'He's a great guy, a sound fella but an awful businessman'
THERE is no doubting Conrad Gallagher's culinary genius but his business acumen has regularly landed him in hot water.
His dining guests have included US presidents, stars of stage and screen, and rock icons -- Bill Clinton had him brought to the White House in 1996 to cook a St Patrick's Day dinner.
On the other side of his life, he has fought off the sexual advances of a Christian Brother, battled cancer and survived life in one of New York's toughest prisons.
But he still has plenty of friends in his native Donegal.
"He's actually a sound fella. I know people like to portray him differently but I just think he's a great guy and a fantastic cook but he is a terrible, awful businessman," one friend said.
Trained at the Killybegs Catering College, Mr Gallagher left Ireland behind to further his culinary education, landing jobs in some of New York's best restaurants, including the Waldorf Astoria and Trump Plaza.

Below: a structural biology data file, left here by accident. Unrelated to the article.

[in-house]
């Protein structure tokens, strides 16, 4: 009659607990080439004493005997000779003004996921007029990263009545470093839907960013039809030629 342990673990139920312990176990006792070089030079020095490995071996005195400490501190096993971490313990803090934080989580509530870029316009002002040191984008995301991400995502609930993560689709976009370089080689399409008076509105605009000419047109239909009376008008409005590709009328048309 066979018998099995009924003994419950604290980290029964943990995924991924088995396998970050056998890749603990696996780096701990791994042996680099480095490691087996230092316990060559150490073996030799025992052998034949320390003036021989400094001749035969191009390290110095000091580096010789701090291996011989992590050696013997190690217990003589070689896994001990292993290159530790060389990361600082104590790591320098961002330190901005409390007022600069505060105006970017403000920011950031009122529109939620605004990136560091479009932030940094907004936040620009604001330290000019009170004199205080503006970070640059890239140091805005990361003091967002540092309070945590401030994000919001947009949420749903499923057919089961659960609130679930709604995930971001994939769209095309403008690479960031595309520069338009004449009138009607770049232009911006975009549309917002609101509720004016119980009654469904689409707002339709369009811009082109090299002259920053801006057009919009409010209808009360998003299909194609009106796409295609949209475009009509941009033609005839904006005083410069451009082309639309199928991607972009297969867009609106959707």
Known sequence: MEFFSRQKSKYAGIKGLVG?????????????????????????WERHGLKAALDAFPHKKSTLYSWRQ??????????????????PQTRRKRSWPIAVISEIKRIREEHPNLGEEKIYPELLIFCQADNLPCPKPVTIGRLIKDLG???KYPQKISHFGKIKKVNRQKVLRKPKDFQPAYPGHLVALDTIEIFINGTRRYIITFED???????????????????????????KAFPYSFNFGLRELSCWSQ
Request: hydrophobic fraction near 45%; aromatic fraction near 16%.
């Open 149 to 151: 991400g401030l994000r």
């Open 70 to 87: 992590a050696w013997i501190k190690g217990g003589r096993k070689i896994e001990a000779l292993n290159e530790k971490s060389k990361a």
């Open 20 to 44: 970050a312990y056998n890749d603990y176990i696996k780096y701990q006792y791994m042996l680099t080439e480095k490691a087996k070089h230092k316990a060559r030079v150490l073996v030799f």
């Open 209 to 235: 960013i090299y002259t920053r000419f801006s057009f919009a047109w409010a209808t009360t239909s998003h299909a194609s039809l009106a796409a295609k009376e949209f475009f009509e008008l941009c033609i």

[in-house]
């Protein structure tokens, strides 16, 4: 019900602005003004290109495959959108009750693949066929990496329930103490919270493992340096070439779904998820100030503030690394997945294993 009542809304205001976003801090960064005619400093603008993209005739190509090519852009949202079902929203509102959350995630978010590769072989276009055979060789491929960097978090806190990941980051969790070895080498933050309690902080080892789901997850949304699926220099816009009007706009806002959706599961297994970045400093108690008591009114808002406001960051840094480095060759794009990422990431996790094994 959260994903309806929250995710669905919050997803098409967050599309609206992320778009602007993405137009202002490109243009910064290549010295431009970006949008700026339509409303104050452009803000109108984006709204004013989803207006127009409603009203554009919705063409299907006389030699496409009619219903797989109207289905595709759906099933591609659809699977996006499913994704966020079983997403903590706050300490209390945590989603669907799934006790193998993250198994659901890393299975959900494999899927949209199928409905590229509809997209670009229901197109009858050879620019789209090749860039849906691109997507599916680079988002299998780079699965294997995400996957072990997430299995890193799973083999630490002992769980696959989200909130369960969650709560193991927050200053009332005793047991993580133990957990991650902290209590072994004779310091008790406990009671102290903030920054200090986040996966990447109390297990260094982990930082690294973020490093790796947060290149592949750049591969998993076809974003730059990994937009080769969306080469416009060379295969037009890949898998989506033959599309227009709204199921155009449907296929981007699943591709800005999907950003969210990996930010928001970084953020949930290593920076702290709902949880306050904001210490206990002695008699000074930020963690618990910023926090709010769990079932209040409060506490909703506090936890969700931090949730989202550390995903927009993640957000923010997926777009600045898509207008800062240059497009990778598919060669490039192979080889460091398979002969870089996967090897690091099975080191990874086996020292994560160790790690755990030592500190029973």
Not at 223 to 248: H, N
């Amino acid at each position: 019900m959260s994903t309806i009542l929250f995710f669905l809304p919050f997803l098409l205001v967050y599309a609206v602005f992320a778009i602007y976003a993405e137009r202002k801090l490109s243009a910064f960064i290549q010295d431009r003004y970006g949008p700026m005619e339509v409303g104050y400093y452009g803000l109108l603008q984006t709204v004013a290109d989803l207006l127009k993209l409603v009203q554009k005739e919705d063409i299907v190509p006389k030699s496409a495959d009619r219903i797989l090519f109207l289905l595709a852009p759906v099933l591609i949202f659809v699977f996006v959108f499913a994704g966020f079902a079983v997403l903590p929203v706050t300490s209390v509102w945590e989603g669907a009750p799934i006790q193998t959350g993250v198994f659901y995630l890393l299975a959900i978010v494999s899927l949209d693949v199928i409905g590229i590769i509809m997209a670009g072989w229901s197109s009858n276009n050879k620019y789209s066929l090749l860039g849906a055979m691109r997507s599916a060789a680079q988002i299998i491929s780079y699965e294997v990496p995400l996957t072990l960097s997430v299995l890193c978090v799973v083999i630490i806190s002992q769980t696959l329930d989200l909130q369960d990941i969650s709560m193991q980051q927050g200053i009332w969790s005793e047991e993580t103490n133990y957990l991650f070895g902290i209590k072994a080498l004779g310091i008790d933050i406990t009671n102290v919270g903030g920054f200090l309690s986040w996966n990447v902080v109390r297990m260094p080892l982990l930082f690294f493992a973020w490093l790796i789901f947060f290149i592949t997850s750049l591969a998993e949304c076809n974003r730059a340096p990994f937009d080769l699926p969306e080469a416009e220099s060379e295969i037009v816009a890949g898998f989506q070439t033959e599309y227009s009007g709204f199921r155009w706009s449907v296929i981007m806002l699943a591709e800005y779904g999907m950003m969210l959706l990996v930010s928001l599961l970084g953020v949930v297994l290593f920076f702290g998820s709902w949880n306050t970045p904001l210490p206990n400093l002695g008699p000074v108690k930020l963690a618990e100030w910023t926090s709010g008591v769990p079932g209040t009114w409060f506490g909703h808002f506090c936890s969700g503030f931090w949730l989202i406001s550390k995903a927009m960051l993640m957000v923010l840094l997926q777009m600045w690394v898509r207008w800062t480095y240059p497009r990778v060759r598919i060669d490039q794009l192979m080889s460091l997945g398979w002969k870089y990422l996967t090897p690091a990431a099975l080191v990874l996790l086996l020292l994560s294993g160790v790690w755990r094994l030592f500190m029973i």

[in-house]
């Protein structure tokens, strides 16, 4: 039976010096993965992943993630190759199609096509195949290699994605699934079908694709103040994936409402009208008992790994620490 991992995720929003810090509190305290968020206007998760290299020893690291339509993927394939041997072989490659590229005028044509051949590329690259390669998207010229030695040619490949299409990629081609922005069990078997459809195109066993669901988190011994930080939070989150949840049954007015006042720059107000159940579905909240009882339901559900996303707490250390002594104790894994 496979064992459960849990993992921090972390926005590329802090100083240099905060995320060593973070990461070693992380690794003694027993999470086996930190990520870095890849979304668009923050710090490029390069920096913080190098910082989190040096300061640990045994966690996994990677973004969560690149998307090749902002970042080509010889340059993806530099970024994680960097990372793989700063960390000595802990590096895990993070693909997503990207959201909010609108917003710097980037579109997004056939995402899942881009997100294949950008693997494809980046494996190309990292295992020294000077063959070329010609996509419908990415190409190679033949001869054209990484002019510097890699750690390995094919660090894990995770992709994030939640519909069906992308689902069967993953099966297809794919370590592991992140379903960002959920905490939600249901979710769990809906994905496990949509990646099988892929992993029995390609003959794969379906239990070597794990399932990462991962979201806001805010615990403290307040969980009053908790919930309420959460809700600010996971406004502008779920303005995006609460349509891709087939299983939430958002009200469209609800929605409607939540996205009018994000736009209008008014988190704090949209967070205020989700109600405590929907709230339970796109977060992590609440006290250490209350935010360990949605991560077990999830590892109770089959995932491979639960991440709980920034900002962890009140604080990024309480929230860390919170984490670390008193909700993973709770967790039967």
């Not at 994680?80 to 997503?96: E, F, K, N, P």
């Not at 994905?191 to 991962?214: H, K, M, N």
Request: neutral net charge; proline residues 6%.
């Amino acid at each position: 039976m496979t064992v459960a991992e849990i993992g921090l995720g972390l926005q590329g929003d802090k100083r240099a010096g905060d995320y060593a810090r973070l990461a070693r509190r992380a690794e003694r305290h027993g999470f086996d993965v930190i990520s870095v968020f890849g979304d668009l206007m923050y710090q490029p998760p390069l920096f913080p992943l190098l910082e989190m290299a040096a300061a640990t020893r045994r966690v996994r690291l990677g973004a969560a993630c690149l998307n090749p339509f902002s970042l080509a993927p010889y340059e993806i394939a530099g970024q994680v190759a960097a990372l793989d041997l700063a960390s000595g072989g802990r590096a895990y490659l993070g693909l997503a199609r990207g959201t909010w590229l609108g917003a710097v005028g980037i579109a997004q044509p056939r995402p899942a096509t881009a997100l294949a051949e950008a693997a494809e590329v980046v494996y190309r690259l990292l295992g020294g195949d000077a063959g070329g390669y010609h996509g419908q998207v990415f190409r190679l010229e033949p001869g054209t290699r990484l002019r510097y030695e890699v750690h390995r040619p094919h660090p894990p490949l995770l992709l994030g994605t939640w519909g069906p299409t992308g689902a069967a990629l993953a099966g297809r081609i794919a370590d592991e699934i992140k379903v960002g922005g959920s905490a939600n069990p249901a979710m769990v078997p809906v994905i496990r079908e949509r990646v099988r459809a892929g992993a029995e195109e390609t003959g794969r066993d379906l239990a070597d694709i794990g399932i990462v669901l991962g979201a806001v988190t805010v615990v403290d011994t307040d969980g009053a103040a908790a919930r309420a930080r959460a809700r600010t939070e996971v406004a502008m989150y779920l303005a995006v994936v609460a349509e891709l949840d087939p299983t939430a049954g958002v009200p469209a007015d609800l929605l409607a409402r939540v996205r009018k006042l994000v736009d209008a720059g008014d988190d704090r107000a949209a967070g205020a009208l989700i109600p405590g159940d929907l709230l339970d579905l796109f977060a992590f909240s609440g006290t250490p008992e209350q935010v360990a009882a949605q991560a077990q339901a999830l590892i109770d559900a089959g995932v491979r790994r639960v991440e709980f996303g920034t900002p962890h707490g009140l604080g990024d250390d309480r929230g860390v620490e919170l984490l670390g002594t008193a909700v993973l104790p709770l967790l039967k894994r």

His own restaurants would follow in his native Letterkenny as well as in Dublin, landing a coveted Michelin star aged just 26 as critics lined up to praise him. "Pure, undiluted genius," one wrote.
Peacock Alley was his most famous, but it crumbled with the rest of his six-restaurant empire by 2000.
Mr Gallagher then headed for London to reinvent himself and his career but it was a short-lived venture, despite Mr Clinton being among his first guests.
Within months, his Conrad Gallagher restaurant on the prestigious Shaftesbury Avenue, backed by Mean Fiddler Group boss Vince Power, was closed.
Mr Power never explained why, but he did say: "If he ever sets foot in England again, I will bankrupt him."
One out-of-pocket supplier in London said at the time: "He is without doubt the worst person I have ever dealt with."
The Peacock Alley venture came back to haunt him as his former landlords pursued him for three paintings they claimed Mr Gallagher had stolen.
In April 2003, he was arrested in New York on the foot of a warrant issued by the Irish authorities and spent six weeks in the tough Brooklyn Detention Centre.
On his return to Dublin, he was acquitted of theft charges.
Mr Gallagher bounced back again, this time in South Africa. But the same old story followed -- more debts and an auction to pay off his creditors. He would leave Cape Town under a cloud, heading for Ireland in 2009.
Two-and-a-half years later, and with a string of more debts behind him, he's now working as a consultant for five-star hotels around the world.
As a close friend said yesterday: "On TV or as a consultant, I'd back him all the way. But I'd never give him a cent towards his own restaurant business."